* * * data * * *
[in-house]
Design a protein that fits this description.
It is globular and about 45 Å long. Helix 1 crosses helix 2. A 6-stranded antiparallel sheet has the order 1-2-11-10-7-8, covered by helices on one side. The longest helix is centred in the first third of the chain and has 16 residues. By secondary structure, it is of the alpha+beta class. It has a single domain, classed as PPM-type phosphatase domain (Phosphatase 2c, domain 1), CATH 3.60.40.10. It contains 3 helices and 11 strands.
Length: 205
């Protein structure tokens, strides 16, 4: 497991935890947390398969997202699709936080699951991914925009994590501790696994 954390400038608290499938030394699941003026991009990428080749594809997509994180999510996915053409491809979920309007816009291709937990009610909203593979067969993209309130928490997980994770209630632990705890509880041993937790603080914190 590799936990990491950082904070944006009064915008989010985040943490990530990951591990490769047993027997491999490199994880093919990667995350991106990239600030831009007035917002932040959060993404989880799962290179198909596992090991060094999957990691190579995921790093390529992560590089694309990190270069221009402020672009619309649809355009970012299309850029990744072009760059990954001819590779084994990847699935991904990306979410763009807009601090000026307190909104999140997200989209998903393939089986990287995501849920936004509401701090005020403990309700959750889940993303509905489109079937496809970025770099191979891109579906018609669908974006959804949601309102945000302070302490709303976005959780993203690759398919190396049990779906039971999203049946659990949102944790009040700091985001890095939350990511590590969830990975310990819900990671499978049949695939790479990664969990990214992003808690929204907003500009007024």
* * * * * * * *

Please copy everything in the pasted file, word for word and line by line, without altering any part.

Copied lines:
[in-house]
Design a protein that fits this description.
It is globular and about 45 Å long. Helix 1 crosses helix 2. A 6-stranded antiparallel sheet has the order 1-2-11-10-7-8, covered by helices on one side. The longest helix is centred in the first third of the chain and has 16 residues. By secondary structure, it is of the alpha+beta class. It has a single domain, classed as PPM-type phosphatase domain (Phosphatase 2c, domain 1), CATH 3.60.40.10. It contains 3 helices and 11 strands.
Length: 205
């Protein structure tokens, strides 16, 4: 497991935890947390398969997202699709936080699951991914925009994590501790696994 954390400038608290499938030394699941003026991009990428080749594809997509994180999510996915053409491809979920309007816009291709937990009610909203593979067969993209309130928490997980994770209630632990705890509880041993937790603080914190 590799936990990491950082904070944006009064915008989010985040943490990530990951591990490769047993027997491999490199994880093919990667995350991106990239600030831009007035917002932040959060993404989880799962290179198909596992090991060094999957990691190579995921790093390529992560590089694309990190270069221009402020672009619309649809355009970012299309850029990744072009760059990954001819590779084994990847699935991904990306979410763009807009601090000026307190909104999140997200989209998903393939089986990287995501849920936004509401701090005020403990309700959750889940993303509905489109079937496809970025770099191979891109579906018609669908974006959804949601309102945000302070302490709303976005959780993203690759398919190396049990779906039971999203049946659990949102944790009040700091985001890095939350990511590590969830990975310990819900990671499978049949695939790479990664969990990214992003808690929204907003500009007024």